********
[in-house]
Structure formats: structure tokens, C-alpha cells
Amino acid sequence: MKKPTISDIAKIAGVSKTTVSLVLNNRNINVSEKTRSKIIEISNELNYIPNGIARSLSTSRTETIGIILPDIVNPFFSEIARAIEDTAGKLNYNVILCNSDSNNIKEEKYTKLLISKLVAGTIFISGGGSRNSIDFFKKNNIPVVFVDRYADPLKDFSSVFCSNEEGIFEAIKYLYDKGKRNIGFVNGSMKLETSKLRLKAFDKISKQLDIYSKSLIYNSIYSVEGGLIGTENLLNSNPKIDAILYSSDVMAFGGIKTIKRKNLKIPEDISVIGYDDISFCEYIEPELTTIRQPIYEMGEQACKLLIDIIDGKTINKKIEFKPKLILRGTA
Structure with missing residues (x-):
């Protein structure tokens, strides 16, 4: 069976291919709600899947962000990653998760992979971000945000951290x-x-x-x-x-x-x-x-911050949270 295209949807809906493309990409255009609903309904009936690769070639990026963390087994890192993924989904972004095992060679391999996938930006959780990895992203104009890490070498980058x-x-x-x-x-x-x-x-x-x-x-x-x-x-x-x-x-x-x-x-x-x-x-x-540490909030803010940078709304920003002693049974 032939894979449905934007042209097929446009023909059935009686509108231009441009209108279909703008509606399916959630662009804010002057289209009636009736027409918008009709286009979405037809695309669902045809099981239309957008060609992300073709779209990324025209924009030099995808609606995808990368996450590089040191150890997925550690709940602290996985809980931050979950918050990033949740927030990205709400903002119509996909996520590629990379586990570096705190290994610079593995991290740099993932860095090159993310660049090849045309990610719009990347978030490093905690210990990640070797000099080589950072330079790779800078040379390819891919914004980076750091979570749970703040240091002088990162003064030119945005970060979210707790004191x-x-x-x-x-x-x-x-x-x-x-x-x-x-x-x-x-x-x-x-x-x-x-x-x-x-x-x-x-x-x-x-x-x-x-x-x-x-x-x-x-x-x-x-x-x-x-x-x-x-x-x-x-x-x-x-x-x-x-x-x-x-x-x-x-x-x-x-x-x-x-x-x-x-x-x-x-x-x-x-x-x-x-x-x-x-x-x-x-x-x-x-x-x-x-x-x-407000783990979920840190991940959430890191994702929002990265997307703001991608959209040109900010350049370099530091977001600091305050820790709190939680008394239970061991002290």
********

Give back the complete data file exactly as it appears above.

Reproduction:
[in-house]
Structure formats: structure tokens, C-alpha cells
Amino acid sequence: MKKPTISDIAKIAGVSKTTVSLVLNNRNINVSEKTRSKIIEISNELNYIPNGIARSLSTSRTETIGIILPDIVNPFFSEIARAIEDTAGKLNYNVILCNSDSNNIKEEKYTKLLISKLVAGTIFISGGGSRNSIDFFKKNNIPVVFVDRYADPLKDFSSVFCSNEEGIFEAIKYLYDKGKRNIGFVNGSMKLETSKLRLKAFDKISKQLDIYSKSLIYNSIYSVEGGLIGTENLLNSNPKIDAILYSSDVMAFGGIKTIKRKNLKIPEDISVIGYDDISFCEYIEPELTTIRQPIYEMGEQACKLLIDIIDGKTINKKIEFKPKLILRGTA
Structure with missing residues (x-):
């Protein structure tokens, strides 16, 4: 069976291919709600899947962000990653998760992979971000945000951290x-x-x-x-x-x-x-x-911050949270 295209949807809906493309990409255009609903309904009936690769070639990026963390087994890192993924989904972004095992060679391999996938930006959780990895992203104009890490070498980058x-x-x-x-x-x-x-x-x-x-x-x-x-x-x-x-x-x-x-x-x-x-x-x-540490909030803010940078709304920003002693049974 032939894979449905934007042209097929446009023909059935009686509108231009441009209108279909703008509606399916959630662009804010002057289209009636009736027409918008009709286009979405037809695309669902045809099981239309957008060609992300073709779209990324025209924009030099995808609606995808990368996450590089040191150890997925550690709940602290996985809980931050979950918050990033949740927030990205709400903002119509996909996520590629990379586990570096705190290994610079593995991290740099993932860095090159993310660049090849045309990610719009990347978030490093905690210990990640070797000099080589950072330079790779800078040379390819891919914004980076750091979570749970703040240091002088990162003064030119945005970060979210707790004191x-x-x-x-x-x-x-x-x-x-x-x-x-x-x-x-x-x-x-x-x-x-x-x-x-x-x-x-x-x-x-x-x-x-x-x-x-x-x-x-x-x-x-x-x-x-x-x-x-x-x-x-x-x-x-x-x-x-x-x-x-x-x-x-x-x-x-x-x-x-x-x-x-x-x-x-x-x-x-x-x-x-x-x-x-x-x-x-x-x-x-x-x-x-x-x-x-407000783990979920840190991940959430890191994702929002990265997307703001991608959209040109900010350049370099530091977001600091305050820790709190939680008394239970061991002290």